Baz's story reaches a natural stopping point, and the book switches over to three issues from Green Lantern Corps. These three issues are self-contained as well, detailing Guy's expulsion from the Corps; I praised the two issues that appeared in Green Lantern Corps: Alpha War as being very strong, and the third issue is equally so, as a non-powered Guy still tries to be a hero with even more disastrous results. Corps writer Peter Tomasi continues to bring new depth to the sometimes one-note Guy, and I only hope Corps's next writer can continue to do Guy the same justice.
The next two sets of four issues are the entirety of the New Guardians and Red Lantern "Third Army" tie-in issues. As one might surmise from the two series being collected all together in the middle of the book, these have the least to do with the "Third Army" storyline; they might be lifted out of the book entirely with no consequence except to help explain some cameos in the book's conclusion. New Guardians mostly sees Kyle traveling between the various-colored Corps, trying to learn all of their powers (not significantly different from New Guardians stories thus far, though I always like seeing these other Corps).
Red Lanterns's story is the weakest of the four titles (as has been the case since the New 52 relaunch). Characters appear on one page with no introduction and die on the next; the Red Lanterns have hallucinations never quite explained (and we're shown Atrocitus's origin yet again); and while Atrocitus recruiting the Manhunters is significant, he seems to fight, defeat them, and then have to fight and defeat them again for too long a span in the four issues.
Third Army finally turns to the final two Green Lantern issues, the final Green Lantern Corps issue, and the Corps annual. An earlier Corps issue referenced that the "squirrel Lantern" B'dg had gone to Earth, so when he intersects Simon Baz's story, it makes sense; Johns deftly transitions from a fairly earthbound story, in which Baz engages in a tense "police procedural" standoff, to the sudden arrival of the Third Army and the cosmic into Baz's life. From there, Baz and B'dg break Guy out of jail in Corps, and the switch from Johns's series to Tomasi's is seamless. The story races to a conclusion where the Lantern Guardians get their long-deserved comeuppance and all the characters make a contribution but Guy, appropriately for Corps, is spotlighted; after 400 pages, readers may be distressed to find that Third Army ends on a cliffhanger, but getting there was strong enough that I still felt I'd read a complete story.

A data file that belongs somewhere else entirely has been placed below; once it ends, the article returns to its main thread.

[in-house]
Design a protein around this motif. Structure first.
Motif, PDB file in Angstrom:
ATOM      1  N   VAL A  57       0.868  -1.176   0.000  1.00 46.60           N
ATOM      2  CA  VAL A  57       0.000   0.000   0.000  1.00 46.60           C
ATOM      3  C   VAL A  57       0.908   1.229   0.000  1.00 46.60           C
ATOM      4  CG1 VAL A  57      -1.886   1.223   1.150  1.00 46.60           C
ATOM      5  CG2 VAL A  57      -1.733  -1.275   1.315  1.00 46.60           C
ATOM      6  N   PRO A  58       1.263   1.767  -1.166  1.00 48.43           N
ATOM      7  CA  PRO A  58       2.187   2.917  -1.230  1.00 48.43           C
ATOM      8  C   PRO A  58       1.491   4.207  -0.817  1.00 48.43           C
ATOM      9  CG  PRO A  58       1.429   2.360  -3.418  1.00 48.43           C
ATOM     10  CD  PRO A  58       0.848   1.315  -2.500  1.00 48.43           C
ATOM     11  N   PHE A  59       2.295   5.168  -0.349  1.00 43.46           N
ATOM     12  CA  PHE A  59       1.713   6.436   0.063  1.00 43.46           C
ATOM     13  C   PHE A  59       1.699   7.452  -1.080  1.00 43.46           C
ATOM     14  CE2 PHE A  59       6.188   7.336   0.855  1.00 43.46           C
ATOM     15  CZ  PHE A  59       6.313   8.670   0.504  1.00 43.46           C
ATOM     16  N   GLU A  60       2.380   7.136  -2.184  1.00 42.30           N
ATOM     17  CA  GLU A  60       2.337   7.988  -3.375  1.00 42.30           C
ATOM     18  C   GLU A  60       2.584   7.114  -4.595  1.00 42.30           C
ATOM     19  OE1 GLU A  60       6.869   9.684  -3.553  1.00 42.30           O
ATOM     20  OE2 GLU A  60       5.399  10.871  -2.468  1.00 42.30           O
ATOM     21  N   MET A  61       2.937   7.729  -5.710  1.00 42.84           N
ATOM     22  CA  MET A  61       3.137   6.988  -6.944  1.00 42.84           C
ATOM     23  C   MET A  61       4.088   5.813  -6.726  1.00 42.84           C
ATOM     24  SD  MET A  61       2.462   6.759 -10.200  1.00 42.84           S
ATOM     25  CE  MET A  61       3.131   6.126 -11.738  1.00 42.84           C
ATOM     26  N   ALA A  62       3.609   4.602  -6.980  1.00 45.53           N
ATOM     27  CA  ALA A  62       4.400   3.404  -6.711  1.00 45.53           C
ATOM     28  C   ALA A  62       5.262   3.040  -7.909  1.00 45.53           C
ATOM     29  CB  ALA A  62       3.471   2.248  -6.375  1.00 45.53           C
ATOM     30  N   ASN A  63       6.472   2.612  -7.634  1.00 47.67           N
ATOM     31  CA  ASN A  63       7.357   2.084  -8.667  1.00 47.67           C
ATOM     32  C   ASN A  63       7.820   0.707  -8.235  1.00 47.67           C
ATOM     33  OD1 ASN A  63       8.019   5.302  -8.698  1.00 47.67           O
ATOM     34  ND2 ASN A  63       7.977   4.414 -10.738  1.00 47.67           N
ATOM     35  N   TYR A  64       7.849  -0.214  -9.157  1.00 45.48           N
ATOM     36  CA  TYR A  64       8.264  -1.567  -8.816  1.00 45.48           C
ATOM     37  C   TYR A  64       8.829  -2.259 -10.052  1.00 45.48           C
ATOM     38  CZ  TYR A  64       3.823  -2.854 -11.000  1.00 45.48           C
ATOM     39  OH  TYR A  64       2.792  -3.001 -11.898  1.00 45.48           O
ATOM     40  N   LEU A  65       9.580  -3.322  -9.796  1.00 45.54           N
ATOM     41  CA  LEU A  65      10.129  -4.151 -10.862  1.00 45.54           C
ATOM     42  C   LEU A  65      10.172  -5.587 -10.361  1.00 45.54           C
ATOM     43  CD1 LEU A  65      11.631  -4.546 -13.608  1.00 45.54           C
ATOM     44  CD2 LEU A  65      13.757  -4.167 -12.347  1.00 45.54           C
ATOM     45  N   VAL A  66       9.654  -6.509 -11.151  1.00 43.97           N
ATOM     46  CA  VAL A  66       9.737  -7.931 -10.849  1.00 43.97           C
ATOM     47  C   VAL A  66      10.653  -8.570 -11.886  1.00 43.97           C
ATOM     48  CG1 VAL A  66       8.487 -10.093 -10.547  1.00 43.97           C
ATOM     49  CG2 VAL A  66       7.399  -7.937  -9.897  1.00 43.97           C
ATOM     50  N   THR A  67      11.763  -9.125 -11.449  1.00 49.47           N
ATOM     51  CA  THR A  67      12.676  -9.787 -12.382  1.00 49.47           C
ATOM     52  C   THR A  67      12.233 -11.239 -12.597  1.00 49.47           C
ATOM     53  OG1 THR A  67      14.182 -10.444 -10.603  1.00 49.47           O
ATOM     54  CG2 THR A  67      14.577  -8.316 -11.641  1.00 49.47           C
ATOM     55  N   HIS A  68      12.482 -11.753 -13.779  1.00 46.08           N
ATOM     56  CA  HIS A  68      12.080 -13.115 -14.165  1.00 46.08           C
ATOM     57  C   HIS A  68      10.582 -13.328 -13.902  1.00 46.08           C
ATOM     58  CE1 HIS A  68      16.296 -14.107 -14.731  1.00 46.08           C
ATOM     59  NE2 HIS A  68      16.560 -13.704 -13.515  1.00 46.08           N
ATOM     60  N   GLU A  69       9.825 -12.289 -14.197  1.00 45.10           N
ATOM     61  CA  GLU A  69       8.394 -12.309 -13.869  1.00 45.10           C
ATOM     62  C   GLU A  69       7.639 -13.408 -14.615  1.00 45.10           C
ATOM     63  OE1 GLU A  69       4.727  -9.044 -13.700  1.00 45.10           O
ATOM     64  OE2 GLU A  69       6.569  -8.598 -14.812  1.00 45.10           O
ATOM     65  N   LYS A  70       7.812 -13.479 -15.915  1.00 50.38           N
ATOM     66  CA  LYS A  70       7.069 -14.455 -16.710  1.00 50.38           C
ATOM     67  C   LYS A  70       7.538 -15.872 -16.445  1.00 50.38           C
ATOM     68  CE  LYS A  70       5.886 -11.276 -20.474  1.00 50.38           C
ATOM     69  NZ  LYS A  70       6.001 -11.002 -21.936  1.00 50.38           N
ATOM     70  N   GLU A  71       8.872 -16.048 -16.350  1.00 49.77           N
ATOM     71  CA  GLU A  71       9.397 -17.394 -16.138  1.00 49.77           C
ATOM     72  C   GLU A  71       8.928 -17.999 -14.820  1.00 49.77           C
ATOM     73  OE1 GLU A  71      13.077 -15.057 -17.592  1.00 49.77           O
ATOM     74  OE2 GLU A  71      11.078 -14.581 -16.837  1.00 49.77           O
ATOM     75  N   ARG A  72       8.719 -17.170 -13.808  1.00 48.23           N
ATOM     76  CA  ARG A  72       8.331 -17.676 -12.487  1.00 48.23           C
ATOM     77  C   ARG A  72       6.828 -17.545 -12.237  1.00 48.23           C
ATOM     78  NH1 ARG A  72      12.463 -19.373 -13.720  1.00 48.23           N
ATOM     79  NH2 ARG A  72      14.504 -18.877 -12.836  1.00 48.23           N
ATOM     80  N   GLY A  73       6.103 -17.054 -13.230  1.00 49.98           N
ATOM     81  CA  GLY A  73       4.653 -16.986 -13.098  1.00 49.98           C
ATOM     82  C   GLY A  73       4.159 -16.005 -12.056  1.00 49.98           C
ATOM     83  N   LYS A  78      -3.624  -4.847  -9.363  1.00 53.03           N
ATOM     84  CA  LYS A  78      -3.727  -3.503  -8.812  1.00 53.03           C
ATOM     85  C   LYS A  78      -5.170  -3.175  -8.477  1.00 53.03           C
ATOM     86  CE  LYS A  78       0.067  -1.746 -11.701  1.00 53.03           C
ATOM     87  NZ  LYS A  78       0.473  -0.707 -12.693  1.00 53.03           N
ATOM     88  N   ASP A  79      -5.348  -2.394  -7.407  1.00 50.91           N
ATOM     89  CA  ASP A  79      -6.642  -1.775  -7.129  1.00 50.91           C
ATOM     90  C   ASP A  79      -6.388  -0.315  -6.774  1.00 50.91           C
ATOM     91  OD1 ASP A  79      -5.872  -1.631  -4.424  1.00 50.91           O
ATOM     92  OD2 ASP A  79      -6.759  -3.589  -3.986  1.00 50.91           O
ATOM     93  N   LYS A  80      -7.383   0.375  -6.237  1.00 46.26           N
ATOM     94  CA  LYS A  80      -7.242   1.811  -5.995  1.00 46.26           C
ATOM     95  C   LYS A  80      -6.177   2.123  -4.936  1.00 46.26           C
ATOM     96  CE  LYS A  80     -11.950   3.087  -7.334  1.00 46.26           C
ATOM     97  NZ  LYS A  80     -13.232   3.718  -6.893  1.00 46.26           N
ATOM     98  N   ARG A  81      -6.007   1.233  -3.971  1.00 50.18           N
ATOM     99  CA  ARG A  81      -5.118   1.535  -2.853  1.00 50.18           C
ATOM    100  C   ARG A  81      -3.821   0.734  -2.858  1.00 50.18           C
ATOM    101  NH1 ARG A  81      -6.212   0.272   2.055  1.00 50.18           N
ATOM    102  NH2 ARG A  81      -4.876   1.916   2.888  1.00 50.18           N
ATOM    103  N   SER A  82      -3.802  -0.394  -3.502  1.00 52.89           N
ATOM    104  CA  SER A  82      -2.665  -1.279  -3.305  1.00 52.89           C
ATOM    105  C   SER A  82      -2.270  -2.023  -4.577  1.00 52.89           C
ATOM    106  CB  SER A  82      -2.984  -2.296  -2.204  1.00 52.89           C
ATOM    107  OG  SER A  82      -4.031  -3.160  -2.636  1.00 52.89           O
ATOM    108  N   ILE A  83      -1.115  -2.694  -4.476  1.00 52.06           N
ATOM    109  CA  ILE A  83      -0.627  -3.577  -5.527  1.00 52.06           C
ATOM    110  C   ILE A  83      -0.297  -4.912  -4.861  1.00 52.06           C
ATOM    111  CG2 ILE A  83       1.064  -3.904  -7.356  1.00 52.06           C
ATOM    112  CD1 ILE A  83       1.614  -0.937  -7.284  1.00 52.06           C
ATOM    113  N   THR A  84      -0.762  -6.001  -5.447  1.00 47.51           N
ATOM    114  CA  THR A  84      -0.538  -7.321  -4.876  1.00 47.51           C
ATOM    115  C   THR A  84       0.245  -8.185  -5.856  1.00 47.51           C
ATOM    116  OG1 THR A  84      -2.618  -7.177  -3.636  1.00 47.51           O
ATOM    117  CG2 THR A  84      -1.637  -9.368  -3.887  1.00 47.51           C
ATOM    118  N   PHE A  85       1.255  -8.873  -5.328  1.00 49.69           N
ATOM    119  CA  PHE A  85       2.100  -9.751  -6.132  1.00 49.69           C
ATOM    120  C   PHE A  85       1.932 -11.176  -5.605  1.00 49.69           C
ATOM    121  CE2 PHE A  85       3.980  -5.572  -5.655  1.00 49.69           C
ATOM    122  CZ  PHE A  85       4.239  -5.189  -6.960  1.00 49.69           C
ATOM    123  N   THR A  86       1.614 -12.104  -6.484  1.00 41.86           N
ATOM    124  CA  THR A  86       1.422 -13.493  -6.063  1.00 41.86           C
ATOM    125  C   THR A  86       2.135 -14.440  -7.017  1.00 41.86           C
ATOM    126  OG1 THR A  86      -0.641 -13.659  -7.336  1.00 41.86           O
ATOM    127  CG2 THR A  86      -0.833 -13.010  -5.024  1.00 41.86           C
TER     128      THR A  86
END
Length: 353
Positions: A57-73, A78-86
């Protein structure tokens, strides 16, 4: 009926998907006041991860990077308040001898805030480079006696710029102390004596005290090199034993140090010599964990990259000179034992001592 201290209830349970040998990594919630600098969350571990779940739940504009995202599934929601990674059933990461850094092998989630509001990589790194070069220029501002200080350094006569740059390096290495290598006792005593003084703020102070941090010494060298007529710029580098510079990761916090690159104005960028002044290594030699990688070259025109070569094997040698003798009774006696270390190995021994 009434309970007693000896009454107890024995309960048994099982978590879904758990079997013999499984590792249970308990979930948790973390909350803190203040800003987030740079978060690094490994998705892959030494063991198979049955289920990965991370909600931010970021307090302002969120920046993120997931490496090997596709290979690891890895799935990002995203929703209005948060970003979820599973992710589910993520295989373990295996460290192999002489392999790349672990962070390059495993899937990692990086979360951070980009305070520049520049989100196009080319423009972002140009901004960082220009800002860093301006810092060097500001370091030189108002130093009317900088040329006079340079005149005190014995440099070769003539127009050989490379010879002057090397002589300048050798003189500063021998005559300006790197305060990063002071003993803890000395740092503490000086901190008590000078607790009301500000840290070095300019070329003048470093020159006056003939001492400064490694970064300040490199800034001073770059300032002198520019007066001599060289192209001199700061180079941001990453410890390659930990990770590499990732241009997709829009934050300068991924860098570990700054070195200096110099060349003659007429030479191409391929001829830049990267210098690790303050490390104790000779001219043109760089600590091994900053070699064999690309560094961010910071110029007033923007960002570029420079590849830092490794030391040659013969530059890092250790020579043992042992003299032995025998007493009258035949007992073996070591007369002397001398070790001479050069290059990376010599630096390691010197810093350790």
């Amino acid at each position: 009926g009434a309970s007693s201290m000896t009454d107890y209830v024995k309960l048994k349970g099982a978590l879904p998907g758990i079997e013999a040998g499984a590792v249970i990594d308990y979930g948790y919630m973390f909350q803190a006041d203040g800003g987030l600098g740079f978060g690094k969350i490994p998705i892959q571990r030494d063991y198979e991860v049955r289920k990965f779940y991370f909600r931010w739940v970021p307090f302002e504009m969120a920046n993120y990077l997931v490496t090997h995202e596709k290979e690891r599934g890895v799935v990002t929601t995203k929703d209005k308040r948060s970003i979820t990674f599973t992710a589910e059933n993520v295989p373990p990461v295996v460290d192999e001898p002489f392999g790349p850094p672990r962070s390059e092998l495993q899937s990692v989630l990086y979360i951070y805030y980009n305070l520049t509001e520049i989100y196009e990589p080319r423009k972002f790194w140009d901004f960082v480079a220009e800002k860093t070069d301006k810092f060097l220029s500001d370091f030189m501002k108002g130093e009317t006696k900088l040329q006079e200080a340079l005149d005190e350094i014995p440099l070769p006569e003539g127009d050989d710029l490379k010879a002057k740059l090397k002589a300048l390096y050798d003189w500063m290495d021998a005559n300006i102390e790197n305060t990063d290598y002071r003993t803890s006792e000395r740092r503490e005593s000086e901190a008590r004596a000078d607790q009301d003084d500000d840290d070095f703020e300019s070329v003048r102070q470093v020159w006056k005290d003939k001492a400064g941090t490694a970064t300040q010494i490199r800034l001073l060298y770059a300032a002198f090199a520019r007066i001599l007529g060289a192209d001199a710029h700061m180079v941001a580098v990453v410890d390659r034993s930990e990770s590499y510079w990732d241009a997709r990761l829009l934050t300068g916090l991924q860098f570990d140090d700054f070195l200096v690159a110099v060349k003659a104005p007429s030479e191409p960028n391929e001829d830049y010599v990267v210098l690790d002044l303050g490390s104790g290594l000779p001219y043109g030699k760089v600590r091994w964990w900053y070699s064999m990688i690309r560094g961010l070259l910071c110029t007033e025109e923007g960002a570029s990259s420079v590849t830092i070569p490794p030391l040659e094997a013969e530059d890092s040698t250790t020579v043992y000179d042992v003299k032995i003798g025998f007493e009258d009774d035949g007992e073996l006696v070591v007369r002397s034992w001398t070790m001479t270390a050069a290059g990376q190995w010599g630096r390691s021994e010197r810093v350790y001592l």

The book also benefits from artists Doug Mahnke, Fernando Pasarin, Aaron Kuder, and Miguel Sepulveda's styles resembling each other's well enough that the reader doesn't feel especially jarred going from issue to issue, as was the case, for example, in moving from Brett Booth to Ale Garza in a recent Teen Titans collection.
In Green Lantern: Rise of the Third Army, the titular "Third Army" is almost a secondary concern to the various, often-internal struggles of the characters, and that's just the way it should be. Third Army is an airier crossover than War of the Green Lanterns, allowing each title to project its own identity but still making most parts relevant to the whole; this is a better organized crossover than most. It's hard to fully recommend this book, missing pieces as it is, but like the Batman: Night of the Owls collection, for your second or third read or a long plane ride, this seems a good book to have on hand.
[Includes full covers, character designs and cover sketches]
Coming up, a review of Brian Azzarello's Wonder Woman Vol. 3: Iron.